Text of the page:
On the Emulation of TU58s
Mark J. Blair
nf6x at nf6x.net
Tue Jun 16 10:25:29 CDT 2015
As long as we're talking philosophy, what do y'all think about emulating the TU58 drive, vs. emulating the TU58 *tape*?
I cannot properly express my opinion of that tape cartridge design even if I violate list rules about use of profanity. But the drive itself isn't all that bad, aside from not having enough motors to manipulate a well-designed tape cartridge mechanism.
Emulating the whole tape drive is pretty easy since it helpfully interfaces over a plain old asynchronous serial port. But replacing the whole drive with an emulator, or worse yet tethering its computer to a modern computer, leaves a bit of an empty feeling if one likes their vintage machines to be original. There's something missing when you don't hear the drive whirring, and the system boot completes within a modern attention span.
But what about emulating the tape cartridge, instead? Imagine a gizmo in the form factor of a TU58 cartridge, containing a wheel for the capstan roller to engage, but connected to an encoder instead of the ******* ************ ***** ** **** belt drive of an original cartridge? Where the tape would normally be exposed, there is instead a magnetic head which rests against the tape drive head like in one of those gizmos for injecting line level audio into an audio cassette drive. It might need an external power source, but for the sake of argument, let's pretend that a suitable rechargeable battery can be embedded. Maybe it has an SD card slot on the rear, or maybe it looks just like a real TU58 cartridge when inserted, and you swap the whole thing to change tapes (this is open for discussion).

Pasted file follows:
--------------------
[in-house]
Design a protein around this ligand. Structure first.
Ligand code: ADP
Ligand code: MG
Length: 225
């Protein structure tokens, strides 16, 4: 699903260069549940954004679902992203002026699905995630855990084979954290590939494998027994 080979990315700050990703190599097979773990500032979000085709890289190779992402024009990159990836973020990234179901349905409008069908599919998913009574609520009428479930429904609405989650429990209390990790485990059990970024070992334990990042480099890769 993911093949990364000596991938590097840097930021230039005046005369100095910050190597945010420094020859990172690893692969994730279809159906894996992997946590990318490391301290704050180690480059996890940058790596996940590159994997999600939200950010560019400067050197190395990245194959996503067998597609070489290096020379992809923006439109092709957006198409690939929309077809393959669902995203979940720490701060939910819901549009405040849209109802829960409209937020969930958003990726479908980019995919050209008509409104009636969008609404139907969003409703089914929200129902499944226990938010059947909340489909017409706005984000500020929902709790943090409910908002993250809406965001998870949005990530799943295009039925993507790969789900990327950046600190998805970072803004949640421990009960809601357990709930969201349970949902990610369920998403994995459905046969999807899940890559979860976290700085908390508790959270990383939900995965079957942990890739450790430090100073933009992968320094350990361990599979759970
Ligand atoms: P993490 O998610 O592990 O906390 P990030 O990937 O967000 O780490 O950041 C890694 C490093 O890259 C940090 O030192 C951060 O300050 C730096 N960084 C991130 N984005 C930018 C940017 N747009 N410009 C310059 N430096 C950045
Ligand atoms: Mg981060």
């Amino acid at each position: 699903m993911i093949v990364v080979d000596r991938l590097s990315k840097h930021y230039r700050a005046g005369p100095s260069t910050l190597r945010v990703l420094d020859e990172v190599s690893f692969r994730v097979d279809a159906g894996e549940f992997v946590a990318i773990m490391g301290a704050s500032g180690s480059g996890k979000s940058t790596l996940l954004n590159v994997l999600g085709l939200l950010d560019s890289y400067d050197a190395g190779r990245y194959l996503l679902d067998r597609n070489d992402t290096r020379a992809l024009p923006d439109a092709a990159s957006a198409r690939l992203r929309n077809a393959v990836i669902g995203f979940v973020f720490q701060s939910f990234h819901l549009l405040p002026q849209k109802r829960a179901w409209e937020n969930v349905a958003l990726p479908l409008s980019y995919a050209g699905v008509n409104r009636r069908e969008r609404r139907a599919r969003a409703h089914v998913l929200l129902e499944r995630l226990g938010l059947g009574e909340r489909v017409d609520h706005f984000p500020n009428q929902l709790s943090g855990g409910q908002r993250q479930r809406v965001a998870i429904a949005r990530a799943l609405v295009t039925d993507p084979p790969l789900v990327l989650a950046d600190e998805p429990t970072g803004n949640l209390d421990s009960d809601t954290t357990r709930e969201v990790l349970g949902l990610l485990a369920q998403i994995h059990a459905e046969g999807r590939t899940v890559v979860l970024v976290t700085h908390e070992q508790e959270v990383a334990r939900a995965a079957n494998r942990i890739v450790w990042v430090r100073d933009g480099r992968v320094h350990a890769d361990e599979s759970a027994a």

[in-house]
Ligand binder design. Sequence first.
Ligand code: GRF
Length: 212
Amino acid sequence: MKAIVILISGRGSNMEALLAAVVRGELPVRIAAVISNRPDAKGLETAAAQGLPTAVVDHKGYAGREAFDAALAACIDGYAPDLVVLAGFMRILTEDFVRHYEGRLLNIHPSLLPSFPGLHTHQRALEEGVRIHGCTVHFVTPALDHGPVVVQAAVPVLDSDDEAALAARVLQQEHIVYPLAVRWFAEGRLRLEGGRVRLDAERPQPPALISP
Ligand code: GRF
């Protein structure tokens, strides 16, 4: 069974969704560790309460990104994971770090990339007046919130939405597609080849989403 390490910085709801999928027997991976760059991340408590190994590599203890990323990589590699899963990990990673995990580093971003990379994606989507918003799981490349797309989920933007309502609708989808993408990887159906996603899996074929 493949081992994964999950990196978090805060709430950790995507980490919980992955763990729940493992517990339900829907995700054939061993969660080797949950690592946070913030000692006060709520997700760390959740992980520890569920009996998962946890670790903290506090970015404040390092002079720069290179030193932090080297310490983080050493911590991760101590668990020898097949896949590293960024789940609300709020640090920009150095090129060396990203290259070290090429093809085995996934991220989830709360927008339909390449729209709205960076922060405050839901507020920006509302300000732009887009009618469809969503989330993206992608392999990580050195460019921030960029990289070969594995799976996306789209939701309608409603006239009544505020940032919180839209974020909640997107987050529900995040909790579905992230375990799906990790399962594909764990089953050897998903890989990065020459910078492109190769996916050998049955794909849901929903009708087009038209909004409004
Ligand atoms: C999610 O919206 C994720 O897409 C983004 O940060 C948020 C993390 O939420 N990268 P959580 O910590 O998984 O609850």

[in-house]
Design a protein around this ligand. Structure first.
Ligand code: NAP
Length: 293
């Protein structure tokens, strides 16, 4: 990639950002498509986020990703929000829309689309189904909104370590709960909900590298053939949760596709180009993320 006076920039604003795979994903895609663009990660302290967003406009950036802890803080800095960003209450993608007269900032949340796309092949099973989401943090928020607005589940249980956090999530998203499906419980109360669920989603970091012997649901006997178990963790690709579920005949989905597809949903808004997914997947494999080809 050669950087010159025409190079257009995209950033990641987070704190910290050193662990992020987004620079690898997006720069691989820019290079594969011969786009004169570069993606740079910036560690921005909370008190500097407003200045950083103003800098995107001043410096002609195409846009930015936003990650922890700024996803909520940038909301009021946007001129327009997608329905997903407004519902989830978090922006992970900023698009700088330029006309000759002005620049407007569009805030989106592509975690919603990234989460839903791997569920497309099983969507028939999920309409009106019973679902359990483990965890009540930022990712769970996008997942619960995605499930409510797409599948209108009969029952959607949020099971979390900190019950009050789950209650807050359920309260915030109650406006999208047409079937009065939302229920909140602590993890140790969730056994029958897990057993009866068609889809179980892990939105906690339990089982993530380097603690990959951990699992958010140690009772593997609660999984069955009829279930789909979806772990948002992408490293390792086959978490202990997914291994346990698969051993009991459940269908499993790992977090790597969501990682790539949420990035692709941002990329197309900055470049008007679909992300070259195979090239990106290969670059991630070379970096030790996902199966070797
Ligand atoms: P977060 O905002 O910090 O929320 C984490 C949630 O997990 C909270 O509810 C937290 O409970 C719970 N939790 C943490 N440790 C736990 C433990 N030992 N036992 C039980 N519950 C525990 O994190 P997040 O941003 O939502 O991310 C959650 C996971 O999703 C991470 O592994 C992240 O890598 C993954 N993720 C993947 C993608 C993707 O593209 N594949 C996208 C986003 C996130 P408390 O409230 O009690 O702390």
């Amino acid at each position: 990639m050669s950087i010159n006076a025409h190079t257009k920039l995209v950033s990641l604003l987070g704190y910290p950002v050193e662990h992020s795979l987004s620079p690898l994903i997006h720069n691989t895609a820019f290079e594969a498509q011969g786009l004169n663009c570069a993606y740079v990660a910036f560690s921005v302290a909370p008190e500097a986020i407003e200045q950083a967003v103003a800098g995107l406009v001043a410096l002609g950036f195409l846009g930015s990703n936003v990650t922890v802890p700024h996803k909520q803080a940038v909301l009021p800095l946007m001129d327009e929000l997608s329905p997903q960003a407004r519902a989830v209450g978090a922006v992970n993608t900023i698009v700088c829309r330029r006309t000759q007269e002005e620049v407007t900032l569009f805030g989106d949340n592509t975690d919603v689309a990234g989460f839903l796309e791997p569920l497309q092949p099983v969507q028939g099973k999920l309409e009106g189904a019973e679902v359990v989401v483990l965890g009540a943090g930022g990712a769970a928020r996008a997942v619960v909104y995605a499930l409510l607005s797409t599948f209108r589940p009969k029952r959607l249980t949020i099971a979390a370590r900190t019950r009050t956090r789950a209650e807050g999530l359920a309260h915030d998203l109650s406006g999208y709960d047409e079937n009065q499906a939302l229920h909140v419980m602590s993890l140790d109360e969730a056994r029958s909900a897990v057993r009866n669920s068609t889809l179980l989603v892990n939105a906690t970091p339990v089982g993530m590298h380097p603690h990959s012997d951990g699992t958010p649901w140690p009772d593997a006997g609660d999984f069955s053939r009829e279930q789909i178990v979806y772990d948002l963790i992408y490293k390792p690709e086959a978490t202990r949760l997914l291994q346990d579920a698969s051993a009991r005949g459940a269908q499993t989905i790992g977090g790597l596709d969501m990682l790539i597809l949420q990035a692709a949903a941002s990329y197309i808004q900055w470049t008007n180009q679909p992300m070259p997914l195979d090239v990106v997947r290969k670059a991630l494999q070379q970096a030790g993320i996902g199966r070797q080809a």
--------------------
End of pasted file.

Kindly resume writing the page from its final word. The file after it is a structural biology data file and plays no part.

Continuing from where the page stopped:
Would this be more or less acceptable in terms of keeping the system as close to original as possible, vs. unplugging the original drive and plugging in a drive emulator?
No, I'm not going to build the thing. I'll just build my TU58 drive emulator to fit in the cartridge slot but plug into the computer in place of the original drive, with the cables snaked through the original drive mechanism. And I'll feel a little bit dirty, but the thing will work reliably and will be easy to implement. I'm just curious about the philosophical implications of my silly cartridge emulator idea.
Mark J. Blair, NF6X <nf6x at nf6x.net>
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